One of the main reason waterfall projects are notorious for failure is the 'nearly done' problem - testing produced piles of bugs at the end, leaving an unreleasable product and no idea whether it needs another two days or two years to fix the outstanding bugs. Agile removes this risk entirely. If an agile project is over-running, you can still deliver a working version which:

A) Proves to the customer you are actually nearly there through demo's ("All these stories are done, we can do the last few if you want") and some more time will get exactly what they want.

B) Potentially is good enough for them to be happy anyway and release.

To me, removing this risk of complete failure is enough reason alone for a business to move to an agile development process, the ability to build better software than initially planned is icing on the cake. As mentioned in other answers, those 'concrete' requirements are often still surprisingly malleable.

  • I do not understand in which way A) solves the problem you mentioned at the beginning of your answer: how do you know if the last few stories will take a few days or two years? You only really know when you actually do them, don't you?
    – Giorgio
    Commented Jul 28, 2014 at 6:44
  • 1
    You're right, but the difference is you have a releasable product in its current state, rather than an 90% done buggy piece of software that cannot be released. You also have empirical evidence of how long it took you to deliver the features that are releasable, and your estimates of the remaining work which are likely to provide more confidence that no proof that anything you have done actually works.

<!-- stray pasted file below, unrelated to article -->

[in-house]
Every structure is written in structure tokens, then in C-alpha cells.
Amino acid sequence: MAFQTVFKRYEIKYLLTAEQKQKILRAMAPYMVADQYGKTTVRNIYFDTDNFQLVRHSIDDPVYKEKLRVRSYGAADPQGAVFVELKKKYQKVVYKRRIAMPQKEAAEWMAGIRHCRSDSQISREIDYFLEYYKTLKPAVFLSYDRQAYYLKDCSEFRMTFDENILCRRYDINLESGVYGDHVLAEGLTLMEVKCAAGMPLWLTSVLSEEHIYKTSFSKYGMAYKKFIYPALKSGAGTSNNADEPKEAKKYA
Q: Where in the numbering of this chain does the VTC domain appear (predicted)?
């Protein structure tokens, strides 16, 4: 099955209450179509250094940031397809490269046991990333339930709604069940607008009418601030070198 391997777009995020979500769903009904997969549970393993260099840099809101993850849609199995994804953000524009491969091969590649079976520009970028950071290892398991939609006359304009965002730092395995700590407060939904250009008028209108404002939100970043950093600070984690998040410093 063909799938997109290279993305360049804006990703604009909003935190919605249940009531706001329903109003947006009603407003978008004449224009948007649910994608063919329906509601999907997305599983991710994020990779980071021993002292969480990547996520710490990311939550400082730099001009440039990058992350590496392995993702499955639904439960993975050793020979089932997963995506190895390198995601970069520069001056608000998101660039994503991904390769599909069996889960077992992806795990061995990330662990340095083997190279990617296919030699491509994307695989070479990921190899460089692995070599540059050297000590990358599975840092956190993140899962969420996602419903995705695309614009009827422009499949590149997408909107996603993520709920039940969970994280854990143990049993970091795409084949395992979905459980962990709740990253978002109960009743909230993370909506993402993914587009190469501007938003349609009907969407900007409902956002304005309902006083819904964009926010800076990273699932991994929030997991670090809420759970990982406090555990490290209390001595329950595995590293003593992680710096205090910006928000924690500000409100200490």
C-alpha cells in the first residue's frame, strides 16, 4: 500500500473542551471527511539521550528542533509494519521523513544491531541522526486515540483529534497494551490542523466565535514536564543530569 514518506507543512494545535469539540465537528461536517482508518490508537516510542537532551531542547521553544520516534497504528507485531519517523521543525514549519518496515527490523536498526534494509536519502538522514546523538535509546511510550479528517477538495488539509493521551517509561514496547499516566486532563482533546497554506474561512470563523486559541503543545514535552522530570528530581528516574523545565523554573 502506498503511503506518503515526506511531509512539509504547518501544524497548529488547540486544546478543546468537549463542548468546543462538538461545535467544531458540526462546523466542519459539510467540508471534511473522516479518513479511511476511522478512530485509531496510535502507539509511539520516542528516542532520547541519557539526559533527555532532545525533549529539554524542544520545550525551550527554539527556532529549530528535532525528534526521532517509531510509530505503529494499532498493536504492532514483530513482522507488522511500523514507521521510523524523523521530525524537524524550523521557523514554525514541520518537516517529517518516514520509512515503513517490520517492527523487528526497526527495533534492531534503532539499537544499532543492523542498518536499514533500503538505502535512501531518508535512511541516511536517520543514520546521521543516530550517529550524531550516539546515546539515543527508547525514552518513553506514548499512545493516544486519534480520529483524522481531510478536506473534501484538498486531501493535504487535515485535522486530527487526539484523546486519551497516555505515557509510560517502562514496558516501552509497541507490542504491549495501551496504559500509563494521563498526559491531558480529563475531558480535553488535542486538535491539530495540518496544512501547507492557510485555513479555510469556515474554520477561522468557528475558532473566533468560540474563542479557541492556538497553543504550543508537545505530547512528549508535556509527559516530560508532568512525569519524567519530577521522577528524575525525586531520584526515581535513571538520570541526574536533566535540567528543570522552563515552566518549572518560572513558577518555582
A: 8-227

– SpoonerNZ
    Commented Jul 28, 2014 at 8:05
  • It depends: if all the planned features are essential, then a product with 90 % features is unusable / not releasable: it can only be used to give a demo of what is already there. In my experience agile is not preferable in all situations: there are projects for which agile is more suitable (changing requirements, small, self-contained and independent features) and projects for which it is not (stable requirements, complex and / or mission critical features).
    – Giorgio
    Commented Jul 28, 2014 at 12:34
  • I agree - under-delivering is not good in either case, but as a stakeholder would you trust the team that produce a fully functioning version of your software to play with where everything works but some features are missing, or the team that give you a bug riddled pile of source code that theoretically has all your features but crashes lots and has lots of unexpected behaviour? I know which I would trust more.
    – SpoonerNZ
    Commented Jul 28, 2014 at 12:54